This Day in History (19-May-2001) – Apple Inc. Opens its First Retail Store

On Saturday, May 19, 2001, Apple Inc. opened its first retail store in the US, at Tysons Corner in McLean, Virginia. Steve Jobs, the then CEO had hosted a press event earlier that week at the Tysons Corner Center mall announcing the opening of 25 retail stores in 2001. The other retail store that Apple launched on the same day was at Glendale Galleria in Glendale, California. According to Jobs, the retail stores were designed to give Apple customers an amazing experience. He said “The Apple stores offer an amazing new way to buy a computer. Rather than just hear about megahertz and megabytes, customers can now learn and experience the things they can actually do with a computer, like make movies, burn custom music CDs, and publish their digital photos on a personal website.

Upon launch, the Apple retail stores carried every Apple product and over 300 third-party software titles to be bought off-the-rack. The store salespeople were demonstrated Macs powered with applications such as iTunes and iMovie. The newly launched Mac OS X operating system was available for customers to experience firsthand. All the Macs on display were connected to the Internet.

On May 19, over 500 fans lined up at about 4 am EDT to be among the first customers. By the time the store opened at 10 am, they had started to chant “Apple, Apple, Apple”. On the opening day, security guards kept a close watch over the people entering the store since local regulations limited store capacity to 80 people. In the first two days, the Apple retail stores welcomed over 7700 people and recorded the sales of over $599,000 worth of merchandise. On the opening day, Apple customers found the following message in their shopping bags, “This store is our way of personally introducing you to the Apple way of life. At Apple, we are committed to building a community where knowledge can be shared freely.”

In that age of uncertainty, many thought Apple’s dip into retail waters was an act of supreme foolishness. But as Apple is wont, they did it anyway. The choice turned out to be a wise one indeed.


This Day in History (30-Apr-1993) – CERN announces World Wide Web protocols developed by Tim Berners-Lee will be free to the public

Tim Berners-Lee invented the World Wide Web in 1989 what is today known as the Internet. At the time, Tim was a software engineer at CERN, the large particle physics laboratory near Geneva, Switzerland. Many scientists participated in experiments at CERN for extended periods of time, then returned to their laboratories around the world. These scientists were eager to exchange data and results, but had difficulties doing so. Tim understood this need, and understood the unrealized potential of millions of computers connected together through the Internet. Tim documented what was to become the World Wide Web with the submission of a proposal to his management at CERN, in late 1989. Tim’s initial proposal was not immediately accepted. However, Tim persevered.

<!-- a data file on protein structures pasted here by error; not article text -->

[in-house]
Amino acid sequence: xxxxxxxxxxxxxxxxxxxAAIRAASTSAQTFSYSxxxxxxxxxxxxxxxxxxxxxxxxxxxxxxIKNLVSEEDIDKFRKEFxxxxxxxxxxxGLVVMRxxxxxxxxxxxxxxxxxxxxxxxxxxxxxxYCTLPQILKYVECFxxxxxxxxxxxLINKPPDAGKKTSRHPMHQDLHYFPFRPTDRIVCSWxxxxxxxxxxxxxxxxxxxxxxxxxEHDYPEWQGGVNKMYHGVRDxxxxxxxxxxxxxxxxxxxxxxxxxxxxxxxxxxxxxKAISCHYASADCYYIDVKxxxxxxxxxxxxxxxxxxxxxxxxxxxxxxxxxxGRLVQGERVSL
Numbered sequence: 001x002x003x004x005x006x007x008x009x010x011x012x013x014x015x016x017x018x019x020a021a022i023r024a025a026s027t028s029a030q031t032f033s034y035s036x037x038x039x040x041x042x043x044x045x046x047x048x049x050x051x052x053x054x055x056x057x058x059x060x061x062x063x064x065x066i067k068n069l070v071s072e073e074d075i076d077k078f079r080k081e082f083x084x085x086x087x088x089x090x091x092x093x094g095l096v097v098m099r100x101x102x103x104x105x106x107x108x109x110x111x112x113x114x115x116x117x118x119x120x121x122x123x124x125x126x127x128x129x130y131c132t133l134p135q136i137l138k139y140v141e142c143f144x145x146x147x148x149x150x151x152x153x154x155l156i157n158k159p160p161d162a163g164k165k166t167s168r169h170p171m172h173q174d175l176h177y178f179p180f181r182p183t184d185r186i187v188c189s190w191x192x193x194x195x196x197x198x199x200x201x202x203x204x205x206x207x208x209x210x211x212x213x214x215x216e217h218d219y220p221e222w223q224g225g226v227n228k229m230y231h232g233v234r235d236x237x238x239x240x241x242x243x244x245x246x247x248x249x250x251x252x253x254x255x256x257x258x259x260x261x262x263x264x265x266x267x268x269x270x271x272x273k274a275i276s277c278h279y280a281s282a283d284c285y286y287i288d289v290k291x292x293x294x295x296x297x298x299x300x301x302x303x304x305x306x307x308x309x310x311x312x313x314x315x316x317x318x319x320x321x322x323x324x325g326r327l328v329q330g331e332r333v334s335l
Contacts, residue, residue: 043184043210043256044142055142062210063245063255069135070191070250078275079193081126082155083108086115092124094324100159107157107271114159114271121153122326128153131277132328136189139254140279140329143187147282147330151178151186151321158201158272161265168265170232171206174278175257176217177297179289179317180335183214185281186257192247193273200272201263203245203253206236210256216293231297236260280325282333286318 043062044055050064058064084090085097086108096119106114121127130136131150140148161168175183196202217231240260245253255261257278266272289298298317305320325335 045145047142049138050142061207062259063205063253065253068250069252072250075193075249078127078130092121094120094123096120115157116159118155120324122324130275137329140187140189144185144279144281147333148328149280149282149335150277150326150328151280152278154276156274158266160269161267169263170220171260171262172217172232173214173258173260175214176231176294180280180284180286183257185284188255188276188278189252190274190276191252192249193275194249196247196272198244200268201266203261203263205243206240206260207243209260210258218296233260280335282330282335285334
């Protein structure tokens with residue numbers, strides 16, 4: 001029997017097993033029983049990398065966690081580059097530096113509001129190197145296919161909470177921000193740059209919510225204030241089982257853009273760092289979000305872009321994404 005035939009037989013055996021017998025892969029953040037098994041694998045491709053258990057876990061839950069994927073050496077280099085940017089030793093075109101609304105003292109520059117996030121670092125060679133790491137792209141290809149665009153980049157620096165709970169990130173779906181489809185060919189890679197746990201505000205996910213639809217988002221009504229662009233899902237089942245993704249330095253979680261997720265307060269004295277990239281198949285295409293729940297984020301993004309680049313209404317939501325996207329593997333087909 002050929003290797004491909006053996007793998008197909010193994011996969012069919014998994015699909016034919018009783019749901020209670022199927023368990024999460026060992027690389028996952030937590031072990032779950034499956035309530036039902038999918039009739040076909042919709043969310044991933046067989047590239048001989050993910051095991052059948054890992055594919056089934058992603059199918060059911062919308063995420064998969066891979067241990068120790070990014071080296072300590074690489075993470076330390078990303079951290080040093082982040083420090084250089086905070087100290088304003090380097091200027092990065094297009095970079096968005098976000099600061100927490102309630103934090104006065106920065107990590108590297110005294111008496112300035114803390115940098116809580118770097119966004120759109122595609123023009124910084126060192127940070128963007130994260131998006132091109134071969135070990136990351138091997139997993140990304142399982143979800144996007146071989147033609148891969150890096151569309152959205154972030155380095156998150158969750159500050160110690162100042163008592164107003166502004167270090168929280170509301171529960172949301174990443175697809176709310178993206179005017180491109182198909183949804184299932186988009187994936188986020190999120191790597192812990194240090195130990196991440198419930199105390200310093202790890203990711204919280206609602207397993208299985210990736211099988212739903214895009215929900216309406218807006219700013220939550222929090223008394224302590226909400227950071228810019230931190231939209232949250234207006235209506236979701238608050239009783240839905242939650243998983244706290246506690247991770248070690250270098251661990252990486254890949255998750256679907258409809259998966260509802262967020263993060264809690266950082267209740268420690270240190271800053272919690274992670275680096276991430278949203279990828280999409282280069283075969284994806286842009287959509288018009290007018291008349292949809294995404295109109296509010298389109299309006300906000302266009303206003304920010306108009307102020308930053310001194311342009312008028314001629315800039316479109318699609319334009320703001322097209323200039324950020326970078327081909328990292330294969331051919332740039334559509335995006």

By October of 1990, he had specified the three fundamental technologies that remain the foundation of today’s Web; HTML, URL, HTTP. Tim also wrote the first Web page editor/browser (“WorldWideWeb”) and the first Web server (“httpd“). By the end of 1990, the first Web page was served. By 1991, people outside of CERN joined the new Web community. Very important to the growth of the Web, CERN announced in April 1993 that the World Wide Web technology would be available for anyone to use on a royalty-free basis.

Since that time, the Web has changed the world. It has arguably become the most powerful communication medium the world has ever known. The Web has changed the way we teach and learn, buy and sell, inform and are informed, agree and disagree, share and collaborate, meet and love, and tackle problems ranging from putting food on our tables to curing cancer. Tim Berners-Lee and others realized that for the Web to reach its full potential, the underlying technologies must become global standards, implemented in the same way around the world. Therefore, in 1994, Tim founded the World Wide Web Consortium (W3C) as a place for stakeholders to reach consensus around the specification and guidelines to ensure that the Web works for everyone and that it evolves in a responsible manner.


This Day in History (27-Apr-1981) – Xerox PARC Introduces the Mouse

Douglas Engelbart, filed the patent in 1967 of his technology, which provided the tool needed to navigate graphics-filled computer screens with a simple motion of the hand. It consisted of a wooden shell, circuit board and two metal wheels that came into contact with the surface it was being used on.Because his patent for the mouse expired before it became widely used with personal computers in the mid-1980s, Engelbart garnered neither widespread recognition nor royalties for his invention. It was a few years later in 1972 that Bill English developed the design further by inventing what is known as the “Ball Mouse” that we know today. The ball replaced the wheels and was capable of monitoring movement in any diection. The ball came into contact with two rollers that in turn spun wheels with graduations on them that could be turned into electrical pulses representing direction and speed. On April 27, 1981, the Xerox Palo Alto Research Center (PARC) changed the way people interacted with machines forever by introducing the mouse as part of the 8010 Star Information System workstation.